HUNTINGTON BEACH, Calif. — Every Saturday morning for the last 27 years, at a tiny donut shop in a strip mall on the corner of Magnolia and Adams streets, hot rodders have met to grab a donut, drink coffee and show off their cars. What began with four friends has blossomed into as many as 75 cars on display on any Saturday.
By TOM STRONGMAN
Luminaries of the hot-rod hobby – people such as Chip Foose, Art Chrisman and Little John Butera – have dropped in over the years.
I showed up with a high-school friend and his brother on a drizzly morning on Jan. 26, and much to our dismay the parking lot was almost empty. Street rods and rain don’t play well together.
A dozen or so guys, mostly with gray hair, gathered under the shop’s overhang, warming their hands with paper cups of coffee. The rumble of a V-8 exhaust caught everyone’s attention and in drove Larry Urey with his homemade track roadster. Like bees to honey, folks quickly gathered around Urey’s car. Despite being a little wet he was enjoying the moment. His rapid-fire conversation was constantly punctuated by an infectious laugh. Here was a guy who was in love with life and his car. His philosophy: “Live life while you still have your health.”
“I’m 70 years old,” he quipped as he stepped out of the car, “and this is an amazing car. It always puts a smile on my face. I’ve never had so much fun in my life.” Strangers constantly stop him and ask for rides, he said. With that, he offered a DVD about the car. He has given out hundreds.
Urey, from nearby Costa Mesa, has built three of these track roadsters from scratch. He sketched the frame for his first one on the floor of his garage. “I built the body and frame for $1,000,” he said, beaming. The rounded tail section is made from welding together two rear fenders from a 1950 Chevy pickup.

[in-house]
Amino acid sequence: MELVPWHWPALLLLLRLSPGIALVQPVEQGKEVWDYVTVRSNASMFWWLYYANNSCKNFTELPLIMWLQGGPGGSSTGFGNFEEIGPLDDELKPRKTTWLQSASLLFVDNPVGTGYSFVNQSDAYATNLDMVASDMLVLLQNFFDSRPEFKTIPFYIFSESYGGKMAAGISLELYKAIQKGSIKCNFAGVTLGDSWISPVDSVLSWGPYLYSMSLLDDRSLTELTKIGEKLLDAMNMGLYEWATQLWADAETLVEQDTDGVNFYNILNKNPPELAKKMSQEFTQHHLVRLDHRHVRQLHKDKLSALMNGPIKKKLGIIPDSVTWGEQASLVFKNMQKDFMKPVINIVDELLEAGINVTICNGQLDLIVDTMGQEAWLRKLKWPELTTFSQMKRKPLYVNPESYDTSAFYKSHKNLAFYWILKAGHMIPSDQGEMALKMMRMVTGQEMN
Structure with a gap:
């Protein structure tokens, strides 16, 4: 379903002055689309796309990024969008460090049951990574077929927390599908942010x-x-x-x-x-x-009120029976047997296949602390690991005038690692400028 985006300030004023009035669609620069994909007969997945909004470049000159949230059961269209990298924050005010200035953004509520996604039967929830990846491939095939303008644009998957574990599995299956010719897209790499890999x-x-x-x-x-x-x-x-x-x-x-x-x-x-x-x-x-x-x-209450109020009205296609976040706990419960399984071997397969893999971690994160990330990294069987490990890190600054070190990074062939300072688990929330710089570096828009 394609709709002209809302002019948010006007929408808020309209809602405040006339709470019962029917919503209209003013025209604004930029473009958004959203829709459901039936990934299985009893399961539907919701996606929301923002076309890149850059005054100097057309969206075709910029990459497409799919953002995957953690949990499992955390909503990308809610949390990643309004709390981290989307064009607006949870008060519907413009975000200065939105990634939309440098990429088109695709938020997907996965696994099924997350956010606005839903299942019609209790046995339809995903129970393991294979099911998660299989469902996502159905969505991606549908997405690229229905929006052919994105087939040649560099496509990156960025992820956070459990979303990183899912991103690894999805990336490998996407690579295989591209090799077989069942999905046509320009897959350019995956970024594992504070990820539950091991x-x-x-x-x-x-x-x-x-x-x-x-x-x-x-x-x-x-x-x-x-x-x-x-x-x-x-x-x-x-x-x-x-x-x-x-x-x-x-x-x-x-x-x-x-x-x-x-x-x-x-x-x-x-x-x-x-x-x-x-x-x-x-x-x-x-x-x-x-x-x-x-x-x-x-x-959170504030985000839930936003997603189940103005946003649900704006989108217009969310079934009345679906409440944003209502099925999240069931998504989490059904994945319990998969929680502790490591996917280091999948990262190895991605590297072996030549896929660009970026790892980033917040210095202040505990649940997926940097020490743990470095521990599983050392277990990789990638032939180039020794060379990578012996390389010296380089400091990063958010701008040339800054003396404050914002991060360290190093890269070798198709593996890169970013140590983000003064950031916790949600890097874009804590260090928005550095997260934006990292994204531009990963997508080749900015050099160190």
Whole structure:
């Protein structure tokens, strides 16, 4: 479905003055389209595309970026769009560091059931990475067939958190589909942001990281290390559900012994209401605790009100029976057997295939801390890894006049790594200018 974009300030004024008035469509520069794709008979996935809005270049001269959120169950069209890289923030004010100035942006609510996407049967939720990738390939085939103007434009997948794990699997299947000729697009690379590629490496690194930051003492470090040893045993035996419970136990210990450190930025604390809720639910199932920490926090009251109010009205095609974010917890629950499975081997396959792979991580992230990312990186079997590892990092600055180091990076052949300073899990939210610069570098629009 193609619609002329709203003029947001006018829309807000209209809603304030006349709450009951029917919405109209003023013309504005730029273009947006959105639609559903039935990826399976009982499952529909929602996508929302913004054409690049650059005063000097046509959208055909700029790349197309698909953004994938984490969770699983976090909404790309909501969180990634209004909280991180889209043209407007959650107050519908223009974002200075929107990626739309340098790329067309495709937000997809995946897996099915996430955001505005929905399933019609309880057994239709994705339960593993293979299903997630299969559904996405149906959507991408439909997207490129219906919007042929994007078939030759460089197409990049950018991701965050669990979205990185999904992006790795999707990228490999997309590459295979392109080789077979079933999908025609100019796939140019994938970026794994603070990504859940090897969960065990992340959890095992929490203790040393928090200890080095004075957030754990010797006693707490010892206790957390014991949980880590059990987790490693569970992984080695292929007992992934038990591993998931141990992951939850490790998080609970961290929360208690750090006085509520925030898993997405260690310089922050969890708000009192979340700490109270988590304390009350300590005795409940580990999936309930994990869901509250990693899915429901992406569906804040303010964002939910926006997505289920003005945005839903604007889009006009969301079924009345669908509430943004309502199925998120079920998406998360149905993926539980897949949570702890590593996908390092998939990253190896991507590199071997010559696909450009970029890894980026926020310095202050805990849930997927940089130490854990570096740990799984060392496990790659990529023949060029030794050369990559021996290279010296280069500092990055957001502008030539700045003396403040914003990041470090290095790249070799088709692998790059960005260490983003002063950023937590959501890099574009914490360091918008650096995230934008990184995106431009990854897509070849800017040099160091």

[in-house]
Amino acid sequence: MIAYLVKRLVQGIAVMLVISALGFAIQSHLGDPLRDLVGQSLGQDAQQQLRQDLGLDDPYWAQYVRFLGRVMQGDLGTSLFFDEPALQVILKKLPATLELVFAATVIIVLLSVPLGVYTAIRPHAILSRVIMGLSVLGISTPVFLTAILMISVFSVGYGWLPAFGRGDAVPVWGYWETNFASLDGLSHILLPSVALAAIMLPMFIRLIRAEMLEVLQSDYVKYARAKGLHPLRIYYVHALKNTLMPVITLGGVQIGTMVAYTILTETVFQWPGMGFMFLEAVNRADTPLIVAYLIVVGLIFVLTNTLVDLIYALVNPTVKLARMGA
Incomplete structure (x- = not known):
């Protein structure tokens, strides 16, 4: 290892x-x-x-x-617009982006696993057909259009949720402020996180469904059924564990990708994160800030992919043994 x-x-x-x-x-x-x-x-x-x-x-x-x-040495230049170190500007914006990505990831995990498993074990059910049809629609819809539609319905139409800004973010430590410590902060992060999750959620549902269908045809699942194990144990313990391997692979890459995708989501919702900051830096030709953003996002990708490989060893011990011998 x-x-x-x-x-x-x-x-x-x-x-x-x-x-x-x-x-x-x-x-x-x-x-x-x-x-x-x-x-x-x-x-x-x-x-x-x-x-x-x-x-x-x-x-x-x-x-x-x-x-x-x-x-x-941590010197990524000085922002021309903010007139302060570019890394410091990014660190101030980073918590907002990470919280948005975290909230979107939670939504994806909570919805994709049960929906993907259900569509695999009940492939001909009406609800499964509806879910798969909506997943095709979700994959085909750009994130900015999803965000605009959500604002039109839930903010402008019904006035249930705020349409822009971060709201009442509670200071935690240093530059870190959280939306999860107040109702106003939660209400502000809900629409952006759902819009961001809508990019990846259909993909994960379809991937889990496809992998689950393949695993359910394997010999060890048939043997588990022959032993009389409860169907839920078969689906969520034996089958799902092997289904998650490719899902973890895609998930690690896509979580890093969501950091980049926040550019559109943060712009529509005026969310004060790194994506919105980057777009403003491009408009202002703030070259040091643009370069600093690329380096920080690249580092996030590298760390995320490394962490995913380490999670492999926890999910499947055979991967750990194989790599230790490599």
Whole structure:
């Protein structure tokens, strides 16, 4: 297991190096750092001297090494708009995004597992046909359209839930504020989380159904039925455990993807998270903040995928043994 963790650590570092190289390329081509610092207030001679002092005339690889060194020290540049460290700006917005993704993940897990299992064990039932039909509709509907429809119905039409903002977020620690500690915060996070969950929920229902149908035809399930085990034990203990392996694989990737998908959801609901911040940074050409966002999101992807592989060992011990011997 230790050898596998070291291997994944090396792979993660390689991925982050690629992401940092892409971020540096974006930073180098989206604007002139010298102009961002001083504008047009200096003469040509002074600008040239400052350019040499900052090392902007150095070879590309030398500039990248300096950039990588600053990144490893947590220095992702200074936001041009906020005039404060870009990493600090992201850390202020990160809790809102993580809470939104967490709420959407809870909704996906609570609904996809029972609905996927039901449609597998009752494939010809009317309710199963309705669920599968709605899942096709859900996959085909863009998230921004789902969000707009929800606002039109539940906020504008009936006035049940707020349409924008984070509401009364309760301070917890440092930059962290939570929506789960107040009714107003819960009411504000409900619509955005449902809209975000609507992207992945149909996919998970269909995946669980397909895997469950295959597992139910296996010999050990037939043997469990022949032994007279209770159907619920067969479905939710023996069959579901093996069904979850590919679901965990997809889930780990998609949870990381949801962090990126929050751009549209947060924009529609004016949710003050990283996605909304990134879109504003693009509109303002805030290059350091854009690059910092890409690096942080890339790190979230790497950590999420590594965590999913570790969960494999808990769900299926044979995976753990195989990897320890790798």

Urey’s car is stylistically similar to Indy racers from the early 1930s, including the red and white paint job with the Ford V-8 symbol down the side. It weighs about 2,300 pounds. The grille shell looks as if it was made from a ’32 Ford. The engine is a 302-cubic-inch Ford with 300 horsepower and the transmission is a five-speed.
“I built hot rods all my life,” Urey said, “but nothing attracts attention like this car.” He has driven it all over the country, from California’s El Mirage dry lake to Pennsylvania. He once drove 974 miles to Oregon in 18 hours. He’s even had a couple of minor crashes.
“This car seems to attract females,” he said with a mischievous grin. “You got to have scruples to drive this car.”
“This car gets you the most immediate friends you’ve ever had in your life,” he said. “I’m blessed.”
Tom Strongman’s e-mail address is email@example.com. To read other Gallery stories, go to tomstrongman.com.